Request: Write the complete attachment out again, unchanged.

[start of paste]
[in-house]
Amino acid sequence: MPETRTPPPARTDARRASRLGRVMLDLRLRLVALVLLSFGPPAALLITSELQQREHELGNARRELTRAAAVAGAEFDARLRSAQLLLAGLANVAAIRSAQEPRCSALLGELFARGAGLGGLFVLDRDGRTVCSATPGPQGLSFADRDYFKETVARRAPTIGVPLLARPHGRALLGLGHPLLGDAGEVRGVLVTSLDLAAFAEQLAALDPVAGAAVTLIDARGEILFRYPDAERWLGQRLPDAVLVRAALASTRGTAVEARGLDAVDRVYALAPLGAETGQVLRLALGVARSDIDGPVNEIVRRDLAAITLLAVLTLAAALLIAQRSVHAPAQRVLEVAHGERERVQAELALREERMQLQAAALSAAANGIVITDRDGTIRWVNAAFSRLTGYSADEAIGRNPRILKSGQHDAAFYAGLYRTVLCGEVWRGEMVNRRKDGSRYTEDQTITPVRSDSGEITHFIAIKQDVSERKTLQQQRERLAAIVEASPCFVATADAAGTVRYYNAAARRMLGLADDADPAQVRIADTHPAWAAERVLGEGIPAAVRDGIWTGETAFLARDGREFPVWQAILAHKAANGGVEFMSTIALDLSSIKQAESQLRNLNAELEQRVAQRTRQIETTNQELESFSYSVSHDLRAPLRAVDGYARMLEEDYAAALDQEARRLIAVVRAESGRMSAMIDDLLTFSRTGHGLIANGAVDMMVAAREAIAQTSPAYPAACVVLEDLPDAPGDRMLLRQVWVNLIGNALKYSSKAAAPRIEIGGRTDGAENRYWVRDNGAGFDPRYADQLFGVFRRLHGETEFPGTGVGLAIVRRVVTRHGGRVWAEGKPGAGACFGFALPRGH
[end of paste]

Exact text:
[in-house]
Amino acid sequence: MPETRTPPPARTDARRASRLGRVMLDLRLRLVALVLLSFGPPAALLITSELQQREHELGNARRELTRAAAVAGAEFDARLRSAQLLLAGLANVAAIRSAQEPRCSALLGELFARGAGLGGLFVLDRDGRTVCSATPGPQGLSFADRDYFKETVARRAPTIGVPLLARPHGRALLGLGHPLLGDAGEVRGVLVTSLDLAAFAEQLAALDPVAGAAVTLIDARGEILFRYPDAERWLGQRLPDAVLVRAALASTRGTAVEARGLDAVDRVYALAPLGAETGQVLRLALGVARSDIDGPVNEIVRRDLAAITLLAVLTLAAALLIAQRSVHAPAQRVLEVAHGERERVQAELALREERMQLQAAALSAAANGIVITDRDGTIRWVNAAFSRLTGYSADEAIGRNPRILKSGQHDAAFYAGLYRTVLCGEVWRGEMVNRRKDGSRYTEDQTITPVRSDSGEITHFIAIKQDVSERKTLQQQRERLAAIVEASPCFVATADAAGTVRYYNAAARRMLGLADDADPAQVRIADTHPAWAAERVLGEGIPAAVRDGIWTGETAFLARDGREFPVWQAILAHKAANGGVEFMSTIALDLSSIKQAESQLRNLNAELEQRVAQRTRQIETTNQELESFSYSVSHDLRAPLRAVDGYARMLEEDYAAALDQEARRLIAVVRAESGRMSAMIDDLLTFSRTGHGLIANGAVDMMVAAREAIAQTSPAYPAACVVLEDLPDAPGDRMLLRQVWVNLIGNALKYSSKAAAPRIEIGGRTDGAENRYWVRDNGAGFDPRYADQLFGVFRRLHGETEFPGTGVGLAIVRRVVTRHGGRVWAEGKPGAGACFGFALPRGH